Becoming Oldest-Old: Evidence from Historical U.S. Data
We argue that the environment determines life span, using historical data to show that such indicators of environmental insults in early childhood and young adulthood as quarter of birth, residence, occupation, wealth, and the incidence of specific infectious diseases affected older age mortality. Consistent with improvements in early life factors, we find that the effect of quarter of birth on older age mortality has diminished over the twentieth century and that the declining impact of quarter of birth explains 16 to 17 percent of the difference in ten year mortality rates of Americans age 60-79 in 1900 and in 1960-1980. We estimate that at least one-fifth of the increase between 1900 and 1999 in the probability of a 65 year old surviving to age 85 may be attributable to early life conditions. We also present suggestive evidence on the mortality trajectory of the oldest old in the first half of the twentieth century that implies that the shape of the mortality trajectory, though not its level, has remained constant.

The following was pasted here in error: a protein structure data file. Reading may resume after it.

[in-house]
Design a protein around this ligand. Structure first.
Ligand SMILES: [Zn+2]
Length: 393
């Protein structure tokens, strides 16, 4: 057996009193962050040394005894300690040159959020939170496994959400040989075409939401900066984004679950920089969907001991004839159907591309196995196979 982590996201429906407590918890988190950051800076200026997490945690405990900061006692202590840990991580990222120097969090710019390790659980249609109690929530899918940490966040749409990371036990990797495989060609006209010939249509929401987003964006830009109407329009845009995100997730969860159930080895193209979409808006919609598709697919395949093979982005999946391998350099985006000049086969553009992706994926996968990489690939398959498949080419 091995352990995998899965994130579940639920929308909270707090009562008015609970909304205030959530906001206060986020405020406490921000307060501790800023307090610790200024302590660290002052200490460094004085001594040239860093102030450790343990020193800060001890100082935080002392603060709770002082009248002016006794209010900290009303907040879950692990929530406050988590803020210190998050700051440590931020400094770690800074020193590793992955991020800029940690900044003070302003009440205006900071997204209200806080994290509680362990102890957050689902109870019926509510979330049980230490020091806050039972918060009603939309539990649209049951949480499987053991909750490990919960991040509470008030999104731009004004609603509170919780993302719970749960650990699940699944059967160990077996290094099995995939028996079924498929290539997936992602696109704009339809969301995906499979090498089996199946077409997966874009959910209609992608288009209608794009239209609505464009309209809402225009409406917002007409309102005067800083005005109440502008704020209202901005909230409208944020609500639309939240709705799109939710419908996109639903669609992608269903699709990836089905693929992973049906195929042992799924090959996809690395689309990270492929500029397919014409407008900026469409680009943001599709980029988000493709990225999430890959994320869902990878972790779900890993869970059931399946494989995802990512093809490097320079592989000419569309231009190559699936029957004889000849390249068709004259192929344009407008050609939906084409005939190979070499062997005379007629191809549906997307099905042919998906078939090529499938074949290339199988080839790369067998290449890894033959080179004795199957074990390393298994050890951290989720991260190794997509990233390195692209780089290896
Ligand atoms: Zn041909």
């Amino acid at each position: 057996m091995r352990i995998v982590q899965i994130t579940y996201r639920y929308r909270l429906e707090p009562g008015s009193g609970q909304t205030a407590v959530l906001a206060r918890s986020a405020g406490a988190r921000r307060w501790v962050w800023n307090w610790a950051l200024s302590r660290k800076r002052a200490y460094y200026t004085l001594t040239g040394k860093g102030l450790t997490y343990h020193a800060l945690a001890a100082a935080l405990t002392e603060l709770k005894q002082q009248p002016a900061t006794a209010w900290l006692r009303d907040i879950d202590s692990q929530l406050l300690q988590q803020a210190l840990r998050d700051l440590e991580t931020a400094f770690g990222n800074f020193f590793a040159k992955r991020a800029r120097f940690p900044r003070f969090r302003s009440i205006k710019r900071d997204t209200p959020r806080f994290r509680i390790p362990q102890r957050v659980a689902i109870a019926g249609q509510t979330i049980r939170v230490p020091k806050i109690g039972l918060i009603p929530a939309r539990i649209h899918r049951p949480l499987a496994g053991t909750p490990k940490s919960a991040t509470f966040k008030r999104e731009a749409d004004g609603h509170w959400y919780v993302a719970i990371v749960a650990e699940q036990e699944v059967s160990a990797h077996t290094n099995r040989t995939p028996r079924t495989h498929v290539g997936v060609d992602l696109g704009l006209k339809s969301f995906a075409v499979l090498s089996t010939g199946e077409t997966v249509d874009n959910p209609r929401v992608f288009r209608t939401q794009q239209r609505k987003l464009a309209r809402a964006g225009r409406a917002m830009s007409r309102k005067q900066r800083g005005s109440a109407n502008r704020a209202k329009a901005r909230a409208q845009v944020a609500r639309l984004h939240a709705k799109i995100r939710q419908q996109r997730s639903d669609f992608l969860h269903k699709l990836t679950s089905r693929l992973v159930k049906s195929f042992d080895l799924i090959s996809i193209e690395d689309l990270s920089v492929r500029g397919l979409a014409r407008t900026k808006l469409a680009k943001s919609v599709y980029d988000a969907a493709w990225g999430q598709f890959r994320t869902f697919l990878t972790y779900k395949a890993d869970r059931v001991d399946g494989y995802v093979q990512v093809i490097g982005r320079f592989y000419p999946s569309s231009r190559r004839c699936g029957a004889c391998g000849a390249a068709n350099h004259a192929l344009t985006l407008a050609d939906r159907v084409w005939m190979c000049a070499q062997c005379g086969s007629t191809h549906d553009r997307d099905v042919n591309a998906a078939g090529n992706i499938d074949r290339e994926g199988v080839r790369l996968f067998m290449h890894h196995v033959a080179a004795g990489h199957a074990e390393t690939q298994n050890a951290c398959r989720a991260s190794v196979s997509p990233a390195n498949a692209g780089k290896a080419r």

Costa, Dora L. and Joanna Lahey. "Becoming Oldest-Old: Evidence from Historial US Data." Genus 61, 1 (2005): 125-6.